NSAIDs

How NSAIDs work:

NSAIDs inhibit the normal enzymatic action of the cyclooxygenase (COX) molecule. COX catalyzes the conversion of membrane fatty acids (principally arachidonic acid) to prostanoids and thromboxane. Arachadonic acid is a ubiquitous membrane fatty acid released in response to injury or cell-to-cell signaling (see side panel).

Prostanoids are involved in diverse inflammatory and homeostatic processes
 
PGI2
Anti-inflammatory/immunosuppressive
Vasodilator, Inhibits platelet aggregation
PGE2
Inflammatory & neuropathic pain
 
PGD2
 
PGF2a
 
Thromboxane
 

Prostanoids have a short half life. They are used within the cells that produce them or are exported from the cell affecting cells close to the site of production.

There are two important forms of cyclooxygenase, COX-1 and COX-2. Cells use the COX molecules to synthesize specific prostanoids in response to specific stimuli. It is simplistic to infer that COX-1 or COX-2 perform an either/or function but for our purposes:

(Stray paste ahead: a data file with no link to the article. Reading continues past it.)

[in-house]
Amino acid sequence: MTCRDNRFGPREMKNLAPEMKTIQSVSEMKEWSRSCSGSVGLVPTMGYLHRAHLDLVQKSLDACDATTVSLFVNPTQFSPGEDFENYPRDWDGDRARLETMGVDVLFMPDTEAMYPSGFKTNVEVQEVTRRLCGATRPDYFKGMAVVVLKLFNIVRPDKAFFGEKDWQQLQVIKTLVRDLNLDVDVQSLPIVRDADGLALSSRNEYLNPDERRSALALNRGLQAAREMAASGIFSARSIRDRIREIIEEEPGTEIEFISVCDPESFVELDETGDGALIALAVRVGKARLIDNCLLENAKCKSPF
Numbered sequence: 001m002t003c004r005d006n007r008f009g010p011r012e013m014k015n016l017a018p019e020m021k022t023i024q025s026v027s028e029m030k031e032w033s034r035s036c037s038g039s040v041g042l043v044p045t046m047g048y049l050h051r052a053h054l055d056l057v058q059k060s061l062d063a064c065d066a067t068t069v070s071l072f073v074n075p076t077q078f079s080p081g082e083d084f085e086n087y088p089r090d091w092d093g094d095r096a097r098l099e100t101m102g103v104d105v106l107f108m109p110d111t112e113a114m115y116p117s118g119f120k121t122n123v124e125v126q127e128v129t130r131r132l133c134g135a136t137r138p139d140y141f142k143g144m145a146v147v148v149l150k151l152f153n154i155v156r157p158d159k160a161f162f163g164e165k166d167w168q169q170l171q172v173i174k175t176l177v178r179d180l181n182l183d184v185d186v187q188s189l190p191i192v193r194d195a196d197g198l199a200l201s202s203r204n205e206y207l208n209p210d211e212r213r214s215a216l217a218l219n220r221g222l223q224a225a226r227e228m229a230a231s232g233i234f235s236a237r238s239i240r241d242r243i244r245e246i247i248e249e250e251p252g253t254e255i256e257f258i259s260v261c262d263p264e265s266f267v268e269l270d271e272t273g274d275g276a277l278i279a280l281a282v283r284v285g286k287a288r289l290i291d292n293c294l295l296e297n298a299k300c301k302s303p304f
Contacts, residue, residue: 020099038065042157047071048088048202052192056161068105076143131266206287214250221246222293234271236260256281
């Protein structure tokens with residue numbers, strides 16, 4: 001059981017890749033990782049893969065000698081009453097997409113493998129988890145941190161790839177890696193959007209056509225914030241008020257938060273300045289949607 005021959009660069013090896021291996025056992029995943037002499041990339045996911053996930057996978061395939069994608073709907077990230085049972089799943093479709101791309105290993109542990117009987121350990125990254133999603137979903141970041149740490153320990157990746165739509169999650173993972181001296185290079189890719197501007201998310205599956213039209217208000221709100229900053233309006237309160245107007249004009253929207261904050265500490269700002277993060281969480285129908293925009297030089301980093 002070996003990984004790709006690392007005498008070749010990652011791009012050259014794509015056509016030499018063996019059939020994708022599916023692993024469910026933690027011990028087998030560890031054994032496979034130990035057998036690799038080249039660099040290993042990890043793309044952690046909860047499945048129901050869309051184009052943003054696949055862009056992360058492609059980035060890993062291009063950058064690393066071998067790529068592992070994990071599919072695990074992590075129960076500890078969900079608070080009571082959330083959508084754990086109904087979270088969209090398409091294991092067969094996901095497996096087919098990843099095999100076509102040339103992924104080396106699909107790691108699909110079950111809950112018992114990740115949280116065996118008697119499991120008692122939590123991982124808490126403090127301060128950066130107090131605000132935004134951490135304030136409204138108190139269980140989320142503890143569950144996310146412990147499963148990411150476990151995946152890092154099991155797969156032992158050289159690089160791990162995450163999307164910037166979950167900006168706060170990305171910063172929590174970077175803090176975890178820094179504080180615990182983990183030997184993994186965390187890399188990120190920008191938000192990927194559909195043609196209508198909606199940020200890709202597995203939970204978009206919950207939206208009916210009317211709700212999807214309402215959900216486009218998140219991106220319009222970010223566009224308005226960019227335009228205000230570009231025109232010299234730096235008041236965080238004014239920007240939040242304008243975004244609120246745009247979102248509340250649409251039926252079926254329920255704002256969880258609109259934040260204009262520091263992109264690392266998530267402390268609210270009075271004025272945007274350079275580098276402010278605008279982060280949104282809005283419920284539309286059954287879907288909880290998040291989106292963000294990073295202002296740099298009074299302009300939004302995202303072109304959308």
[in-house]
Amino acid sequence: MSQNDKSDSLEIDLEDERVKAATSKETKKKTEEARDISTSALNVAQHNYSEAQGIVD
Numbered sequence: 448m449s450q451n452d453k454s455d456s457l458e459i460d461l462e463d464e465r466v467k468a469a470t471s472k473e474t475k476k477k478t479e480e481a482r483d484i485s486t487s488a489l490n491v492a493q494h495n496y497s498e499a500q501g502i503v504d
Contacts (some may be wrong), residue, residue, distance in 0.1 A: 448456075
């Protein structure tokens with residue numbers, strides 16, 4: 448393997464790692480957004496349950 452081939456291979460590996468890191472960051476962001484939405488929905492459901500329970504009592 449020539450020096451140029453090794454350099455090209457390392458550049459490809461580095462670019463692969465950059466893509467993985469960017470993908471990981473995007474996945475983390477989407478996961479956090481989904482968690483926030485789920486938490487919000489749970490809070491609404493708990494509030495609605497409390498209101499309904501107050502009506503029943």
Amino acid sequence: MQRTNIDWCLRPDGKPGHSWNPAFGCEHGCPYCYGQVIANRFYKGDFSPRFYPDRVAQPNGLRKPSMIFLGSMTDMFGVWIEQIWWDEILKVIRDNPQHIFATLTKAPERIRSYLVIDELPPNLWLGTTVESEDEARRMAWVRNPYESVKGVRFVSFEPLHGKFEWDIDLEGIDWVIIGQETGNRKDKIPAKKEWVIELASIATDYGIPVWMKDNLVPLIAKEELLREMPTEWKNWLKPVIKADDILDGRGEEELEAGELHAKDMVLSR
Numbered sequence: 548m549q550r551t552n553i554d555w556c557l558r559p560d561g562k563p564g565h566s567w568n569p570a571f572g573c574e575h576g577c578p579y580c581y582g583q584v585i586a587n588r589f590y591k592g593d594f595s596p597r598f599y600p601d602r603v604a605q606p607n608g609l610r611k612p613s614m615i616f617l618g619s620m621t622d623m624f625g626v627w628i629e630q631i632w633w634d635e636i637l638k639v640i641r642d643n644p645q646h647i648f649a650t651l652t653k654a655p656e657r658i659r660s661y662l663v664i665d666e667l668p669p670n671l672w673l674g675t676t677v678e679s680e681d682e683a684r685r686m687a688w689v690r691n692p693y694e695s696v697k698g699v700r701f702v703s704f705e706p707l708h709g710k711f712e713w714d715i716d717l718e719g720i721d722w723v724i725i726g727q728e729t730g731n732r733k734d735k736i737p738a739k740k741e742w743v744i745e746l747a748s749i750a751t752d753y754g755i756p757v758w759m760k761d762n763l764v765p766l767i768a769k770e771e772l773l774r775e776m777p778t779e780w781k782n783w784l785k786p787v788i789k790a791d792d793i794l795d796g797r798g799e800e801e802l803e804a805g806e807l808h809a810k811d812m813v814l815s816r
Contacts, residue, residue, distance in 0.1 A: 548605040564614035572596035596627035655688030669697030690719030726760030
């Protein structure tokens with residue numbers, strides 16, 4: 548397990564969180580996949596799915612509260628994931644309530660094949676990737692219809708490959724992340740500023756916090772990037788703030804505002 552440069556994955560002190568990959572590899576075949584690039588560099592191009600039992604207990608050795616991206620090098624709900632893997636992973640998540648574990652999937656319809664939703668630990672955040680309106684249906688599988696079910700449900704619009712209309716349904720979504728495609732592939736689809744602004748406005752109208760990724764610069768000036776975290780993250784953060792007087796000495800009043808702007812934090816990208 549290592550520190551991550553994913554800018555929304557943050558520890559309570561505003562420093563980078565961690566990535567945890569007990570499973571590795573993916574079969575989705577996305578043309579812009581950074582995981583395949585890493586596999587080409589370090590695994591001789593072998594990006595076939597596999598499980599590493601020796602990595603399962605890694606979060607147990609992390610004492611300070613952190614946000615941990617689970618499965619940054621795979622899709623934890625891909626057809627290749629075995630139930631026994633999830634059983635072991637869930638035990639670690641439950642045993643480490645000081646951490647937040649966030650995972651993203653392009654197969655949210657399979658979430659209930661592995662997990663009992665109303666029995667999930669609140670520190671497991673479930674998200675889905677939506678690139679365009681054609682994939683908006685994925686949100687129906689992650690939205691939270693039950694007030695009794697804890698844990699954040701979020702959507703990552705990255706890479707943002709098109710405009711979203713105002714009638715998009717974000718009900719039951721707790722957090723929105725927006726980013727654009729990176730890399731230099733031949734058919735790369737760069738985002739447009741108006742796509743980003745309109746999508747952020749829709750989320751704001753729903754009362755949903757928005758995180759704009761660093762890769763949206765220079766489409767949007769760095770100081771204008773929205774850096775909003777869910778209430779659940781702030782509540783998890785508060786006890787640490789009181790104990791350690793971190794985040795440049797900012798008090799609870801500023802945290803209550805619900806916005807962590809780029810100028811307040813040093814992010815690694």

Non-selective forms of NSAIDs block the action of both the COX-1 and COX-2 enzymes throughout the body. Unfortunately, inhibiting the COX-1 enzyme can produce potential life threatening complications, particularly in the gastrointestinal tract. In the GI tract, COX-1 produces PGI2 and PGE2 that reduce acid secretion, increase blood flow and stimulate the secretion of mucus in the esophagus, stomach, and intestine. When this protection is compromised, the patient is at increased risk for potentially life threatening gastrointestinal erosion, perforation and hemorrhage.

To reduce this risk, "selective" NSAIDs or "COX-2 inhibitors", were developed and marketed. They were targeted for long term NSAID use and/or for patients who are at risk of NSAID induced gastrointestinal or bleeding problems. NSAIDs that selectively inhibit the COX-2 enzyme include celecoxib (Celebrex), rofecoxib (Vioxx), and valdecoxib (Bextra).